What we do know is that the Civil Rights Act was opposed mostly by Democrats from the South. Among them were Al Gore’s father, Bill Clinton’s mentor J. William Fulbright, and current Democrat Senator and former KKK member Robert Byrd. Why is it that the only person we normally hear criticized for voting against the act is Republican Sen. Barry Goldwater? If not for the help of Republicans in congress, the Civil Rights Act would never have passed.

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  • Mike

    How can you make the claim that Rand Paul might never come across bills that are similar in nature to the Civil Rights Act? That had to go through Congress, as did the American With Disabilities Act, which he abhors. He will be conducting hearings on a host of issues, not just budgets and taxes. How he feels about the role of government in today’s society matters an enormous amount; it’s how you can distinguish him from his opponent, Mr. Conway. I don’t think Rand Paul is a racist, and I think the points he makes are thought-provoking and interesting. But don’t blame Rachel Maddow for pushing Paul on his views that she (and I think most people, judging from the national response) view as outside the so-called mainstream of American dialogue. After all, he could have just not been on the program, or stopped talking at any point. I don’t think anyone was tying him down.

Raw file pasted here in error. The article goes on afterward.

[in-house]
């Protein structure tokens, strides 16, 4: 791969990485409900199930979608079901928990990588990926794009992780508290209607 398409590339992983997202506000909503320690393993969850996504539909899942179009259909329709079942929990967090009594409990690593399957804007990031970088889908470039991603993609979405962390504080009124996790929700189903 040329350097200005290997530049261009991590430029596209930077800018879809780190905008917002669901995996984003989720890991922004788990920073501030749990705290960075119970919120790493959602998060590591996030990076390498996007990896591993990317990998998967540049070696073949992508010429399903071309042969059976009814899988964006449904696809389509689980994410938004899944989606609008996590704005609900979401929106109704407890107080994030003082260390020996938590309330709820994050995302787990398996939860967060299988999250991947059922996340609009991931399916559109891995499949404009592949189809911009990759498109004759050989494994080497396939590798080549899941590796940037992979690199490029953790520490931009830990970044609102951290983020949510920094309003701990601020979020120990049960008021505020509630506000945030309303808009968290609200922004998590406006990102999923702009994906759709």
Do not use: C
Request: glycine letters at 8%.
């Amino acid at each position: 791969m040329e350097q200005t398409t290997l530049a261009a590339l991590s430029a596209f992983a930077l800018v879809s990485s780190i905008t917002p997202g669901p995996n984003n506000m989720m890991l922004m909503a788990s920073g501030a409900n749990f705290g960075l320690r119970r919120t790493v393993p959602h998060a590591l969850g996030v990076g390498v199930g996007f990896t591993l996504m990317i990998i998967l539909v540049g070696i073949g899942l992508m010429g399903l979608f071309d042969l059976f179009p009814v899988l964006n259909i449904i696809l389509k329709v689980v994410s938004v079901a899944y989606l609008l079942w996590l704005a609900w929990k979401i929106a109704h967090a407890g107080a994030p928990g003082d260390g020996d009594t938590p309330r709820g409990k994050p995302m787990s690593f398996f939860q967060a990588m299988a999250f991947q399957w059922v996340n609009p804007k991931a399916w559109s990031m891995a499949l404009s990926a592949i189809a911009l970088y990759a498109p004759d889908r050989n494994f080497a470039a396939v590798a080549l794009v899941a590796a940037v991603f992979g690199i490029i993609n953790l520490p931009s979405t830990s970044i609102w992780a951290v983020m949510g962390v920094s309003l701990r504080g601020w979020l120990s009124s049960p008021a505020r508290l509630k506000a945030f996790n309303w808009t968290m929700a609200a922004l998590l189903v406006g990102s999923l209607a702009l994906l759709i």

The point is that we’ve already seen Paul come out and say that he now supports federal intervention in discrimination matters, which is a total 180 from his original position. It will be interesting to see how much he has to sell his positions out to get elected to the Senate. The Tea Party already got a bust with Scott Brown, who could have voted no on financial reform and stopped the train, but instead voted yes. Wonder if Rand will be forced to run from them even before he makes it to Washington.

  • http://www.thelibertypapers.org/ Stephen Littau

    Mike,

    I abhor the ADA as well. I also abhor the idea that states can tell business owners that their customers cannot smoke in their establishments.